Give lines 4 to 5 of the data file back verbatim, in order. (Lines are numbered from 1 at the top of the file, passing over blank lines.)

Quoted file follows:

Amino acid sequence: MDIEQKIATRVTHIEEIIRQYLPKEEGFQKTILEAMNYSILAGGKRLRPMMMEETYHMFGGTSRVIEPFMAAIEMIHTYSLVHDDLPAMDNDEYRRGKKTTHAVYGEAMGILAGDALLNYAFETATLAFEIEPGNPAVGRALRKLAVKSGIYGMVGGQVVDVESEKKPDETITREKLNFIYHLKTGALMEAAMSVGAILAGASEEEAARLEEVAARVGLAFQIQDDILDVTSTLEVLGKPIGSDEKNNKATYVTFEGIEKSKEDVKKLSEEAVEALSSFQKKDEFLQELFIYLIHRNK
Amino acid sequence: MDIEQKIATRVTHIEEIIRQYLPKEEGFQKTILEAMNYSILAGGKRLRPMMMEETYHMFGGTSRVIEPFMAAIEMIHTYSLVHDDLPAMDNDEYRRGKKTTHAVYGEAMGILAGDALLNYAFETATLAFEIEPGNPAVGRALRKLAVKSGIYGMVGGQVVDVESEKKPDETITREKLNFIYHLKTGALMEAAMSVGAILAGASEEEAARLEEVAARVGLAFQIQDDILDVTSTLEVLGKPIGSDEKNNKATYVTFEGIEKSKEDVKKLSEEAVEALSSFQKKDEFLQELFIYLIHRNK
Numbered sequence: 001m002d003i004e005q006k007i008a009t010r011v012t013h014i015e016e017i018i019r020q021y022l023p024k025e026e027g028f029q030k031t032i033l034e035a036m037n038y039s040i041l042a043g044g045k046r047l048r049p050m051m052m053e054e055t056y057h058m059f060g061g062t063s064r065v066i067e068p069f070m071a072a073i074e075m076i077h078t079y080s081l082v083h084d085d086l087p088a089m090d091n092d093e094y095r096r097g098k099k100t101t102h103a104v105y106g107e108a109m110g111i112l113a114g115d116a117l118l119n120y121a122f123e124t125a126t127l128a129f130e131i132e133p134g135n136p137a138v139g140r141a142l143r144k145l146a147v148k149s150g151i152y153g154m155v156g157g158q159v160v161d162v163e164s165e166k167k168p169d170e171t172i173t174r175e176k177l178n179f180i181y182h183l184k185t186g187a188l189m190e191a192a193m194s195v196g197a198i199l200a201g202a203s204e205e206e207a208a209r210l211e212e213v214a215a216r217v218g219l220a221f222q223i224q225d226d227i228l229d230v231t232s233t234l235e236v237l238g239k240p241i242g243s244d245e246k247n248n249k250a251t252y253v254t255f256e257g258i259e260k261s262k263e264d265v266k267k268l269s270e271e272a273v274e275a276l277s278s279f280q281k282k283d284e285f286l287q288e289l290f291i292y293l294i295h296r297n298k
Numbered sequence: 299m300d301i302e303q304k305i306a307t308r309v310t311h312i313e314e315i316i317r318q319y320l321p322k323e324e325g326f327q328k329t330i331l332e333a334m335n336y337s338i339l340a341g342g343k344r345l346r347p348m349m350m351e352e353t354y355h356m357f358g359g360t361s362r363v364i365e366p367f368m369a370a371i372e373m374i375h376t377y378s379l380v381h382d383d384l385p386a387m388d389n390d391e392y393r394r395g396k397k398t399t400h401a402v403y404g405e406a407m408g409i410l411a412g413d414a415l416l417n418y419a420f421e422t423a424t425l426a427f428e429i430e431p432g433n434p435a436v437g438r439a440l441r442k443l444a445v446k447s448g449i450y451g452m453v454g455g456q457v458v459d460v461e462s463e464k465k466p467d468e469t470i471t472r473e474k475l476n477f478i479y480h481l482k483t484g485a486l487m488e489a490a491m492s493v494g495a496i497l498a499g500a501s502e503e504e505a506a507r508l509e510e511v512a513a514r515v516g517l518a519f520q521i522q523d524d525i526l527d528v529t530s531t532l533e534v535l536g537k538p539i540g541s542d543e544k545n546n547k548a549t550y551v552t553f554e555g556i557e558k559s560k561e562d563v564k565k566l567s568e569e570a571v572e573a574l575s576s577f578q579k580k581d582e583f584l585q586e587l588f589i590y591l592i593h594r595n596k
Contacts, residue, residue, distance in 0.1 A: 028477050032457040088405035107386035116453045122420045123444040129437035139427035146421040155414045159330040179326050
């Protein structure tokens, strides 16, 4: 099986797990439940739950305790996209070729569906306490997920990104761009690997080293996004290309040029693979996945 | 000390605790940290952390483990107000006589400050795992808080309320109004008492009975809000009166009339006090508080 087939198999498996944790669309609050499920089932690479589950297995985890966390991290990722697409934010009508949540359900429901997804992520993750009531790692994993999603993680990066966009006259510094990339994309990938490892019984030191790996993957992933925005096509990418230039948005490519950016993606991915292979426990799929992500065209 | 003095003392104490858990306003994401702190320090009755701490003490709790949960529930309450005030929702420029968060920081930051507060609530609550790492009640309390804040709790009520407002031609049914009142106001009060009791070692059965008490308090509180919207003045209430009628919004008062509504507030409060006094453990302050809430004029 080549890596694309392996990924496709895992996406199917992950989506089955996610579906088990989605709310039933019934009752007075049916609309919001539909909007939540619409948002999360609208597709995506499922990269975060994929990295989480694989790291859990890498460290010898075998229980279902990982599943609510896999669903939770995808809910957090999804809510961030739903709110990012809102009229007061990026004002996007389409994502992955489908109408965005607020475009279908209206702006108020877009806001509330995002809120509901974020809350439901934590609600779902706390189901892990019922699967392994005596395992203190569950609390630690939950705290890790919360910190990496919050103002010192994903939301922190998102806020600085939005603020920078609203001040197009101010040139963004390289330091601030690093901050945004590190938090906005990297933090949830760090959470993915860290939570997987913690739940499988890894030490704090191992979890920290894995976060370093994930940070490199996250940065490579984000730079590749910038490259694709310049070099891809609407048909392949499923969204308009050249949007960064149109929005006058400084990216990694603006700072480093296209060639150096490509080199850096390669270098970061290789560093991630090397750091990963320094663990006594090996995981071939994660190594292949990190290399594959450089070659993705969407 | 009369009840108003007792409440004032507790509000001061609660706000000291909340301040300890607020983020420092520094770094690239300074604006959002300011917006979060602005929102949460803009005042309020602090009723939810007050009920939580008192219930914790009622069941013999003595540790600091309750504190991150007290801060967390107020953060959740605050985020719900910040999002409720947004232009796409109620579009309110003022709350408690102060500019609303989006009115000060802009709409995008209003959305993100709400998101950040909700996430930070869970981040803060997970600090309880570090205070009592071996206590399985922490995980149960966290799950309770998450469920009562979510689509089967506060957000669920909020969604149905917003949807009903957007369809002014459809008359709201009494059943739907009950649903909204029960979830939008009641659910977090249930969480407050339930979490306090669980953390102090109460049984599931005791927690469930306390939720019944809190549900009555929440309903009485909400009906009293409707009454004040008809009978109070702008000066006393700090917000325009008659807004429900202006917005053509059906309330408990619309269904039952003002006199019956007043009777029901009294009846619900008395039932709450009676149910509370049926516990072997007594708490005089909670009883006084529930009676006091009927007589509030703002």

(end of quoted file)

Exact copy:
Numbered sequence: 299m300d301i302e303q304k305i306a307t308r309v310t311h312i313e314e315i316i317r318q319y320l321p322k323e324e325g326f327q328k329t330i331l332e333a334m335n336y337s338i339l340a341g342g343k344r345l346r347p348m349m350m351e352e353t354y355h356m357f358g359g360t361s362r363v364i365e366p367f368m369a370a371i372e373m374i375h376t377y378s379l380v381h382d383d384l385p386a387m388d389n390d391e392y393r394r395g396k397k398t399t400h401a402v403y404g405e406a407m408g409i410l411a412g413d414a415l416l417n418y419a420f421e422t423a424t425l426a427f428e429i430e431p432g433n434p435a436v437g438r439a440l441r442k443l444a445v446k447s448g449i450y451g452m453v454g455g456q457v458v459d460v461e462s463e464k465k466p467d468e469t470i471t472r473e474k475l476n477f478i479y480h481l482k483t484g485a486l487m488e489a490a491m492s493v494g495a496i497l498a499g500a501s502e503e504e505a506a507r508l509e510e511v512a513a514r515v516g517l518a519f520q521i522q523d524d525i526l527d528v529t530s531t532l533e534v535l536g537k538p539i540g541s542d543e544k545n546n547k548a549t550y551v552t553f554e555g556i557e558k559s560k561e562d563v564k565k566l567s568e569e570a571v572e573a574l575s576s577f578q579k580k581d582e583f584l585q586e587l588f589i590y591l592i593h594r595n596k
Contacts, residue, residue, distance in 0.1 A: 028477050032457040088405035107386035116453045122420045123444040129437035139427035146421040155414045159330040179326050